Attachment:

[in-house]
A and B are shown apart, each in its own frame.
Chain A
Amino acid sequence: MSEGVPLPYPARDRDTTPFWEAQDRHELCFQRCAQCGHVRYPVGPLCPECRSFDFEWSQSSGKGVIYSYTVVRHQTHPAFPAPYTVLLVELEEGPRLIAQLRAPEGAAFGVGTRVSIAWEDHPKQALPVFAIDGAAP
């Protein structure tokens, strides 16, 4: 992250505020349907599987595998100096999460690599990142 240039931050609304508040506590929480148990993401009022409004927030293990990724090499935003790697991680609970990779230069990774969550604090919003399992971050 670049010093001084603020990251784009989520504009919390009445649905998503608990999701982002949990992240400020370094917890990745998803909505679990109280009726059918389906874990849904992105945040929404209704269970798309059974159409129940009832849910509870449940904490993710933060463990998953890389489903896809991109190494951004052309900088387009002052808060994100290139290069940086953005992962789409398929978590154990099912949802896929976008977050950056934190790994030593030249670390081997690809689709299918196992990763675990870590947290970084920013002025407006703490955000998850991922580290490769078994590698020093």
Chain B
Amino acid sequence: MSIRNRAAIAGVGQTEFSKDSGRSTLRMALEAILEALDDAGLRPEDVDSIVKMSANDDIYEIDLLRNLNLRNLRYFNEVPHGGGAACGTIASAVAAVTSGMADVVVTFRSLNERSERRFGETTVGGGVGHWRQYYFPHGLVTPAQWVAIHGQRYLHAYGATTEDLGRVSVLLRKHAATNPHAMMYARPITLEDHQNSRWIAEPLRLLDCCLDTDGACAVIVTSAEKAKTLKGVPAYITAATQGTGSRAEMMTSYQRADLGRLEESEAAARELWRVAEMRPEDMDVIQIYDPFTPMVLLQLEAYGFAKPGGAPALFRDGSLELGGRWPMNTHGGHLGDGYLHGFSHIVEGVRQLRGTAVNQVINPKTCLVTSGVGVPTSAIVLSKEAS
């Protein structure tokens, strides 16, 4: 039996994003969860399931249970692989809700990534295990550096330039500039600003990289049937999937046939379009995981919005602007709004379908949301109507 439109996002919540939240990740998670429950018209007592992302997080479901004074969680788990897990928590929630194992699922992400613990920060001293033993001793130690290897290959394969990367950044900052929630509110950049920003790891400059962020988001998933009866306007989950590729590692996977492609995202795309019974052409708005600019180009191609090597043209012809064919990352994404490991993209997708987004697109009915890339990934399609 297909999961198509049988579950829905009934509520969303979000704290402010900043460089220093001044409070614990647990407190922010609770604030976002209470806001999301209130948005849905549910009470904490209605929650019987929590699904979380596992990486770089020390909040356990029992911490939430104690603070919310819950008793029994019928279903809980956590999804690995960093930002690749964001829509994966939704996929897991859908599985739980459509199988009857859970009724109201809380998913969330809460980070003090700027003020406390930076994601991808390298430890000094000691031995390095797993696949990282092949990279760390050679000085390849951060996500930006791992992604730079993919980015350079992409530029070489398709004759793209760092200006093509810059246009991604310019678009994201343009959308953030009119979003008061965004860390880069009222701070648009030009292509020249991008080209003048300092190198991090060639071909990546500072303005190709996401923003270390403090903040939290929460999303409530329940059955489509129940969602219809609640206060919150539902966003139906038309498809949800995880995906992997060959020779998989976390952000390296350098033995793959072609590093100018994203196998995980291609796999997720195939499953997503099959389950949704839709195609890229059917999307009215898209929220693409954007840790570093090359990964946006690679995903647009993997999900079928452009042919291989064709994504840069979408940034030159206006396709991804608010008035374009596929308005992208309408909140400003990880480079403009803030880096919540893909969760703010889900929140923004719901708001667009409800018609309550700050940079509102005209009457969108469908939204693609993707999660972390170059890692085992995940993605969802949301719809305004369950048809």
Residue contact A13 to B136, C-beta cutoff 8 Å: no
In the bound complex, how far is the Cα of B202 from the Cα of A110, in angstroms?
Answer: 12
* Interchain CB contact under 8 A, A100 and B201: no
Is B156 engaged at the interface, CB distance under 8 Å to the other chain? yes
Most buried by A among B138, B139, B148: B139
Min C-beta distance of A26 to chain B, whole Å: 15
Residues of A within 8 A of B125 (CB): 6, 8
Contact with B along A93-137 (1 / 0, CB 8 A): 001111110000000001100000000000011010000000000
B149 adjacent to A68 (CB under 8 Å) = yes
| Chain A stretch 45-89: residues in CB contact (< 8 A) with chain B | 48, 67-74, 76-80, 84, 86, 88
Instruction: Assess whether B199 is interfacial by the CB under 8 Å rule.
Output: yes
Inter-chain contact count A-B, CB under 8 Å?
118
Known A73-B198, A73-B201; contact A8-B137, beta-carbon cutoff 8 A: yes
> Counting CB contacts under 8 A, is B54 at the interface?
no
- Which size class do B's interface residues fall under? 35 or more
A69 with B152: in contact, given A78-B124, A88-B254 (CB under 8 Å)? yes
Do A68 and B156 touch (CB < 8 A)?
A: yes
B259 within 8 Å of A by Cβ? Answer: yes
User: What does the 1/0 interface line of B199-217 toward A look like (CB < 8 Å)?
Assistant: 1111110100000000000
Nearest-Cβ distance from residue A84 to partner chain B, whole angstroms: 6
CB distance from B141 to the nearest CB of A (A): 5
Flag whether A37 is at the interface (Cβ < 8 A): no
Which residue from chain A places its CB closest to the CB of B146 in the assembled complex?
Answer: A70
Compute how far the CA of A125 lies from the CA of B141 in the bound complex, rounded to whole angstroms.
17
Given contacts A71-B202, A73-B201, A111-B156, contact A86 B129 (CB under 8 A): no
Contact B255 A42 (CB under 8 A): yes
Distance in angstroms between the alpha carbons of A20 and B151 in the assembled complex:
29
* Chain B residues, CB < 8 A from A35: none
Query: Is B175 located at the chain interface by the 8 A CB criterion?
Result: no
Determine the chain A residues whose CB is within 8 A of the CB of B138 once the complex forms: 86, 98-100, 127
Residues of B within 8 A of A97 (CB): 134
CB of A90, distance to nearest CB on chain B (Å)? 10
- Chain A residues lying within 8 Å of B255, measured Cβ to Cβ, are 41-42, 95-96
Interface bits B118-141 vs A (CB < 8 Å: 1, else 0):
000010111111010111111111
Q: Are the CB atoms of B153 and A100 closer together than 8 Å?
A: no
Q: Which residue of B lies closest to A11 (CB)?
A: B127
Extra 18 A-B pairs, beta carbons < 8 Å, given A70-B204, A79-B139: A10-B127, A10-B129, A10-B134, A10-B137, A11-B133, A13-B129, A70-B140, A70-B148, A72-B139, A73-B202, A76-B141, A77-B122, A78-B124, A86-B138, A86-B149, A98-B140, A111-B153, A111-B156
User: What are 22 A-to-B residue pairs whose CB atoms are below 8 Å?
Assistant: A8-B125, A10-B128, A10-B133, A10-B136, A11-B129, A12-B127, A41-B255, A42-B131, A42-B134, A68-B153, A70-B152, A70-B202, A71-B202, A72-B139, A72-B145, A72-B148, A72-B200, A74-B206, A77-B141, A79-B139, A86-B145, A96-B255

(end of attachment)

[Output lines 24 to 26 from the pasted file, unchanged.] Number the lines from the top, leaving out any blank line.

Known A73-B198, A73-B201; contact A8-B137, beta-carbon cutoff 8 A: yes
> Counting CB contacts under 8 A, is B54 at the interface?
no